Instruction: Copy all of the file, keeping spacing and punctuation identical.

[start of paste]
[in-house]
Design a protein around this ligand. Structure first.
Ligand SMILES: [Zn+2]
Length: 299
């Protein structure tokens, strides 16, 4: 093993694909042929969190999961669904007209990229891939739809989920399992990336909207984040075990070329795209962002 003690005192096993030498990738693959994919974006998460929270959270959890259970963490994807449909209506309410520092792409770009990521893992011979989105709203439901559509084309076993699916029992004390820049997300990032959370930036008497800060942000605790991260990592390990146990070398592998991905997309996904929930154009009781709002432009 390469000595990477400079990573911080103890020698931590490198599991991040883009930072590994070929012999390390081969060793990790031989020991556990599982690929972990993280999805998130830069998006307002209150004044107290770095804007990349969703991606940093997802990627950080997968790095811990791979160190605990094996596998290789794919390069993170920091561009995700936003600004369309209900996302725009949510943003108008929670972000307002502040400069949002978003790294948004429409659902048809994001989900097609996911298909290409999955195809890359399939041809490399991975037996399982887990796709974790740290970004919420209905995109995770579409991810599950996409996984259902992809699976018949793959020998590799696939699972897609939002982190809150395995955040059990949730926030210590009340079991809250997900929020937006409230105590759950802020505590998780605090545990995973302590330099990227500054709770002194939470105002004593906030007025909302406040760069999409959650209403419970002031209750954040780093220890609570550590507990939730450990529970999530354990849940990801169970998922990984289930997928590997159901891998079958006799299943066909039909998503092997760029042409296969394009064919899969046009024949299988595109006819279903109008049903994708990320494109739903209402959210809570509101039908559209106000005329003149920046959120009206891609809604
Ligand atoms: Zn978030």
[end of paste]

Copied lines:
[in-house]
Design a protein around this ligand. Structure first.
Ligand SMILES: [Zn+2]
Length: 299
């Protein structure tokens, strides 16, 4: 093993694909042929969190999961669904007209990229891939739809989920399992990336909207984040075990070329795209962002 003690005192096993030498990738693959994919974006998460929270959270959890259970963490994807449909209506309410520092792409770009990521893992011979989105709203439901559509084309076993699916029992004390820049997300990032959370930036008497800060942000605790991260990592390990146990070398592998991905997309996904929930154009009781709002432009 390469000595990477400079990573911080103890020698931590490198599991991040883009930072590994070929012999390390081969060793990790031989020991556990599982690929972990993280999805998130830069998006307002209150004044107290770095804007990349969703991606940093997802990627950080997968790095811990791979160190605990094996596998290789794919390069993170920091561009995700936003600004369309209900996302725009949510943003108008929670972000307002502040400069949002978003790294948004429409659902048809994001989900097609996911298909290409999955195809890359399939041809490399991975037996399982887990796709974790740290970004919420209905995109995770579409991810599950996409996984259902992809699976018949793959020998590799696939699972897609939002982190809150395995955040059990949730926030210590009340079991809250997900929020937006409230105590759950802020505590998780605090545990995973302590330099990227500054709770002194939470105002004593906030007025909302406040760069999409959650209403419970002031209750954040780093220890609570550590507990939730450990529970999530354990849940990801169970998922990984289930997928590997159901891998079958006799299943066909039909998503092997760029042409296969394009064919899969046009024949299988595109006819279903109008049903994708990320494109739903209402959210809570509101039908559209106000005329003149920046959120009206891609809604
Ligand atoms: Zn978030």